U.S. Department of Education Awards More Than $24.8 Million in Elementary and Secondary School Counseling Grants

The U.S. Department of Education awarded more than $24.8 million to 67 schools districts in 26 states across the country to establish or expand counseling programs. Grantees will use funds to support counseling programs in elementary and secondary schools. Specifically, the new Elementary and Secondary School Counseling grant awards will aid schools in hiring qualified mental-health professionals with the goal of expanding the range, availability, quantity and quality of counseling services. Parents of participating students will have input in the design and implementation of counseling services supported by these grants.

“School counselors are a vital resource for students and educators, and play a key role in creating safe and productive learning environments,” said U.S. Secretary of Education Arne Duncan. “These grants will enhance school-based counseling programs, which have proven to be a great source of help for students and families with mental health and emotional issues.”

Full story of ED awarding counseling grants at ed.gov

U.S. Department of Education Awards More Than $14.7 Million in Elementary and Secondary School Counseling Grants

The U.S. Department of Education awarded more than $14.7 million to 40 school districts in 20 states across the country to establish or expand counseling programs. Grantees will use funds to support counseling programs in elementary and secondary schools. Specifically, the new awards will aid schools in hiring qualified mental-health professionals with the goal of expanding the range, availability, quantity and quality of counseling services. Parents of participating students will have input in the design and implementation of counseling services supported by these grants.

“School-based counseling programs are a wonderful resource for students whose families may not be able to take advantage of outside services or programs,” U.S. Secretary of Education Arne Duncan said. “These grants will allow school districts to hire more professionals and provide additional services to those students who are struggling with mental-health and emotional issues, and their families.”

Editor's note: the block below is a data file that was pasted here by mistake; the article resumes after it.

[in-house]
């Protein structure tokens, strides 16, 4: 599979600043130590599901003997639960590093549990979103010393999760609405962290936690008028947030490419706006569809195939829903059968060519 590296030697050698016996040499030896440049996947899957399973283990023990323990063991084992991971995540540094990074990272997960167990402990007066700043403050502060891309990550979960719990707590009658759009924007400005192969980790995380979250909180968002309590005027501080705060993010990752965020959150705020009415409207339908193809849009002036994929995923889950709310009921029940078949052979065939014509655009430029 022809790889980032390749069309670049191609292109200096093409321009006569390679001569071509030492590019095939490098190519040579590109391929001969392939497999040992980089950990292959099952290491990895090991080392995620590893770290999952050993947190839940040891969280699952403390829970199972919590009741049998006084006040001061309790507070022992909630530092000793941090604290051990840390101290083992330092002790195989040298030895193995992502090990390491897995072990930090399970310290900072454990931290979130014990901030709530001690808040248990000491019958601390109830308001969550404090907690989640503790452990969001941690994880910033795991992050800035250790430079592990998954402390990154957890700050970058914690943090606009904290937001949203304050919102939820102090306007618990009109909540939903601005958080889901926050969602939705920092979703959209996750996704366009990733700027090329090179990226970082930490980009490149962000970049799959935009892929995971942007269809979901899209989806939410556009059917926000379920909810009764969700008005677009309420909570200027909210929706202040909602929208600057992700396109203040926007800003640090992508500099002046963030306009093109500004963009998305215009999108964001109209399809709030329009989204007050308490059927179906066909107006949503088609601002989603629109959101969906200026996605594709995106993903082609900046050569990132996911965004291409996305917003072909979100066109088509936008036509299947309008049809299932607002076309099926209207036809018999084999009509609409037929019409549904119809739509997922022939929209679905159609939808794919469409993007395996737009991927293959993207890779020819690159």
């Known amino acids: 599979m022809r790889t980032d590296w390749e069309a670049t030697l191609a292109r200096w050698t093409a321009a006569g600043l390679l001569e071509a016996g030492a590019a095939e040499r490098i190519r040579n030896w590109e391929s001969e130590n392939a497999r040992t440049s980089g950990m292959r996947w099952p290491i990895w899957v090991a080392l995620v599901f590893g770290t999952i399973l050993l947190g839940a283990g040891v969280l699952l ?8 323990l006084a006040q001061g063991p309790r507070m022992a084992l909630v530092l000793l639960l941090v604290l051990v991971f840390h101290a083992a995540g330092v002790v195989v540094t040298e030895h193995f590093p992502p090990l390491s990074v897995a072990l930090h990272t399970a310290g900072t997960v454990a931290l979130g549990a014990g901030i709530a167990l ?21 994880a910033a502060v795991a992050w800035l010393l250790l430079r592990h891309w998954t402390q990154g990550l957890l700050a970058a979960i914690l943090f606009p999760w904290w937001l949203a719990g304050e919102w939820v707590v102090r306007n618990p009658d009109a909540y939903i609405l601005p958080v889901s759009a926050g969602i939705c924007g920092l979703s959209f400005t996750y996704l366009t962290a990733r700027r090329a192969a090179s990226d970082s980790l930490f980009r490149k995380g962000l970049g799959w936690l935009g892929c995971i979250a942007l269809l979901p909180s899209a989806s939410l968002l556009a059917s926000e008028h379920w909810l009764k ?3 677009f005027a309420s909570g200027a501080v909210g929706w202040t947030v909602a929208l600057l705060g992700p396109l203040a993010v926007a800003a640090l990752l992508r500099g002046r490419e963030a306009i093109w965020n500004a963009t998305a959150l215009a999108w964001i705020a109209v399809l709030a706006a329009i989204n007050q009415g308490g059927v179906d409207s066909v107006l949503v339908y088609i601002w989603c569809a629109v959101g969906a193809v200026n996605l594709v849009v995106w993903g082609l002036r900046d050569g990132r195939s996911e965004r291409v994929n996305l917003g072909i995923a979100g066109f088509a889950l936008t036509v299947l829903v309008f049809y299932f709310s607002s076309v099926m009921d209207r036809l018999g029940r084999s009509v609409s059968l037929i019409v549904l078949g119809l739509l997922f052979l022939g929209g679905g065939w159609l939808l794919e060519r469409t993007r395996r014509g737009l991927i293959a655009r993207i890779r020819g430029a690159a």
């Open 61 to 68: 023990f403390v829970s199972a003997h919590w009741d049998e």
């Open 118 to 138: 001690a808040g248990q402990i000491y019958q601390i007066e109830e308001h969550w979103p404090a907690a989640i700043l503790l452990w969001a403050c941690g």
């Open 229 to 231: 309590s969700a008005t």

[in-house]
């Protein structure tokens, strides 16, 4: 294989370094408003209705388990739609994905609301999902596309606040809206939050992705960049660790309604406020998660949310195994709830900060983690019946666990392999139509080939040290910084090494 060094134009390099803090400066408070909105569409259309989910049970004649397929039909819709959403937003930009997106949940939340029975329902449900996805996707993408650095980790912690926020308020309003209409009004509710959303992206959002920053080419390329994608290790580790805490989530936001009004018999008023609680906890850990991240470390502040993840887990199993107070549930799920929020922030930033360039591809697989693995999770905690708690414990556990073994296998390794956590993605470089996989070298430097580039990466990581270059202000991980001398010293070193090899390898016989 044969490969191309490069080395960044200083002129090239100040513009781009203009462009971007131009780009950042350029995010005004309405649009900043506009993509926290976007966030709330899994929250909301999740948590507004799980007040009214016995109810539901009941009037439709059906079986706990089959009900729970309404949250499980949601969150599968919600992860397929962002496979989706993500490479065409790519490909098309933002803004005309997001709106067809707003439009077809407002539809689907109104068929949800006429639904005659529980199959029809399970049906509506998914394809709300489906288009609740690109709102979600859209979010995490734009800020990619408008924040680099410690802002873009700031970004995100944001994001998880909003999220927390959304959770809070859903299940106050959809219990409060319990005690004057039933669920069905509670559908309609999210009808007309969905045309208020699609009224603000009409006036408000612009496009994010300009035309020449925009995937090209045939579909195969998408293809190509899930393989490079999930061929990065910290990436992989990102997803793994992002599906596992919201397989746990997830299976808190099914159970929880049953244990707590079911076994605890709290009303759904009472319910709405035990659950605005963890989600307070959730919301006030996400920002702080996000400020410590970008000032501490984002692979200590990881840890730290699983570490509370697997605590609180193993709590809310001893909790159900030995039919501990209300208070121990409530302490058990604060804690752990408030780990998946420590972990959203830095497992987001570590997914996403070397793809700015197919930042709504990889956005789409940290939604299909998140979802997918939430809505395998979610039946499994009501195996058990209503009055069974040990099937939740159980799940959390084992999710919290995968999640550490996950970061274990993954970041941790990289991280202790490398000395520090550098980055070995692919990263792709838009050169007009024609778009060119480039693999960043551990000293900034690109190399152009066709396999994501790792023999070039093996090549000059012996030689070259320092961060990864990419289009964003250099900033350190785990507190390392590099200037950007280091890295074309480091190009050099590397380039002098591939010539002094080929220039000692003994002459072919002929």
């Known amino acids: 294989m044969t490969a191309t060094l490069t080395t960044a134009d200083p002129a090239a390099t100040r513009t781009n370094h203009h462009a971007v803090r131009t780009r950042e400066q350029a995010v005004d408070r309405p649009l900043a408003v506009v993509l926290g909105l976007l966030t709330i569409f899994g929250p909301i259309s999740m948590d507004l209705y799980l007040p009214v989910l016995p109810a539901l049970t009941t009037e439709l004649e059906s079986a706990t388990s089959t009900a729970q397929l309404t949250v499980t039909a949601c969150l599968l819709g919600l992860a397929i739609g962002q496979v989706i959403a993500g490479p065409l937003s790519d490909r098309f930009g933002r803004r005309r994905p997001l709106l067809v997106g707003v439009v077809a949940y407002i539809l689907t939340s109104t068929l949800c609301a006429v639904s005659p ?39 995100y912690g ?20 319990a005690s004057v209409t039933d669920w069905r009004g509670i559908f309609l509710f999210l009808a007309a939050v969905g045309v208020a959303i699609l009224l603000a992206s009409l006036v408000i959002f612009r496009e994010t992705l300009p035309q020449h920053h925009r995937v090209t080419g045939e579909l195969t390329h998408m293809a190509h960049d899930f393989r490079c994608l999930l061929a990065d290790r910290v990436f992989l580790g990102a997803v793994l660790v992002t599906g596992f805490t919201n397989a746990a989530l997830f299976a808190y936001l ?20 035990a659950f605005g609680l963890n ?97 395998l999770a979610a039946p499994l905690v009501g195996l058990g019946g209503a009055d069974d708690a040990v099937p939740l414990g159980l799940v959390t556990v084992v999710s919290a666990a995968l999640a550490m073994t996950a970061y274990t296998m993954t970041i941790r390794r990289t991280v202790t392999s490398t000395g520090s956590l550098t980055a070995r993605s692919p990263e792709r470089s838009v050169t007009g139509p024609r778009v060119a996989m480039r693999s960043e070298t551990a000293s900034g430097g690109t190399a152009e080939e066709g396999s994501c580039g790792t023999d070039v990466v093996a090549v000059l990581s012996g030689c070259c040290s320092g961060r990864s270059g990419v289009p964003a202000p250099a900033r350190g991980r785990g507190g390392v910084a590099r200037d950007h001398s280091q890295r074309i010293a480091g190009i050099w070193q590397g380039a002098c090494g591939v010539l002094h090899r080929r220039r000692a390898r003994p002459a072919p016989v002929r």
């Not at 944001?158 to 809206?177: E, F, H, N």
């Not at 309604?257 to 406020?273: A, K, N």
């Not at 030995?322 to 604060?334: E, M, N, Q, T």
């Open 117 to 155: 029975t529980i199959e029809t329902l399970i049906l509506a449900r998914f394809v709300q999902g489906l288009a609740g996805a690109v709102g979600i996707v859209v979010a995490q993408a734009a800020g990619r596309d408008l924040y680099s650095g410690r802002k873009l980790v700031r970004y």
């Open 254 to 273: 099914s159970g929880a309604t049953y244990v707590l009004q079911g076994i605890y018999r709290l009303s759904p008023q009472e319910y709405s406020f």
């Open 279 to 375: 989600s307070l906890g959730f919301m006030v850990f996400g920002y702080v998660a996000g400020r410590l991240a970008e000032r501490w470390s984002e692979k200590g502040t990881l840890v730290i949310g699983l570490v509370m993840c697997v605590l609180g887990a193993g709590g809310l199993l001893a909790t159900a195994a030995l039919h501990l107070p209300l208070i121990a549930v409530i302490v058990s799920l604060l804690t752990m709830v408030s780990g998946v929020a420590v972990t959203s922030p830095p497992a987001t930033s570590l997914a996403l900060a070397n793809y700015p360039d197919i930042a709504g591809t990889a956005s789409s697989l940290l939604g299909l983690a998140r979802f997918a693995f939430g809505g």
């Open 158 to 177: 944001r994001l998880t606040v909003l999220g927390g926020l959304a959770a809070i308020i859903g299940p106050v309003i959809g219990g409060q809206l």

Full story of counseling grants at ed.gov

Editorial: Family violence – Start with education

Federal Health Minister Rona Ambrose’s decision to highlight family violence in her first speech to the Canadian Medical Association (CMA) has particular resonance in Saskatchewan – the province with the worst record on this issue.

Ambrose, who took on her new role in a cabinet shuffle last month, told the CMA’s annual meeting in Calgary Monday that spousal violence – along with elder and child abuse and other family violence – has “far-reaching” harmful effects on society. She urged physicians to report abuse disclosed by patients and said she’s committed to working with government and other agencies to address the issue.

Though the annual financial cost of spousal violence in Canada is considerable – $7.4 billion, of which $6 billion is spent on medical treatment, including counseling – the human cost is incalculable. And as Ambrose noted, aboriginal women bear the brunt of it as they are three and a half times more likely to be the victims of spousal abuse as non-aboriginal females.

Full story of family violence and education at the Leader Post

Healthy Kids: What to expect when your child is in therapy

What to Expect When Your Child is in TherapyWhen parents decide to take a child to therapy for behavioral or emotional issues for the first time, they may have concerns about their role in the counseling process.

Although every situation is different, the following is a guideline on what parents can expect their involvement to be during the therapeutic process:

Preschool, elementary school • For a young child, a parent’s participation and follow-through is essential. Not only will the behavioral health professional need a report on the child’s behavior between sessions, but it is also important for the participating parent to learn skills to help his or her child succeed in therapy.

In Parent-Child Interaction Therapy, an empirically supported treatment for conduct and emotional disordered young children, parents are just as involved as the child in therapy. During sessions, parents are coached by the therapist and are taught new ways of interacting with their child. The goal is to establish a nurturing and secure relationship while increasing the child’s positive behavior and decreasing negative behavior.

Full story of parenting children in therapy at the St.Louis Post-Dispatch

Photos courtesy of and copyright PhotoPin, http://photopin.com/

Psychologists find that bad night’s sleep worsens relationship conflicts

Bad Sleep Worsens Relationship ConflictsRelationship problems can keep us awake at night. But new research from UC Berkeley suggests that sleepless nights also can worsen lovers’ fights.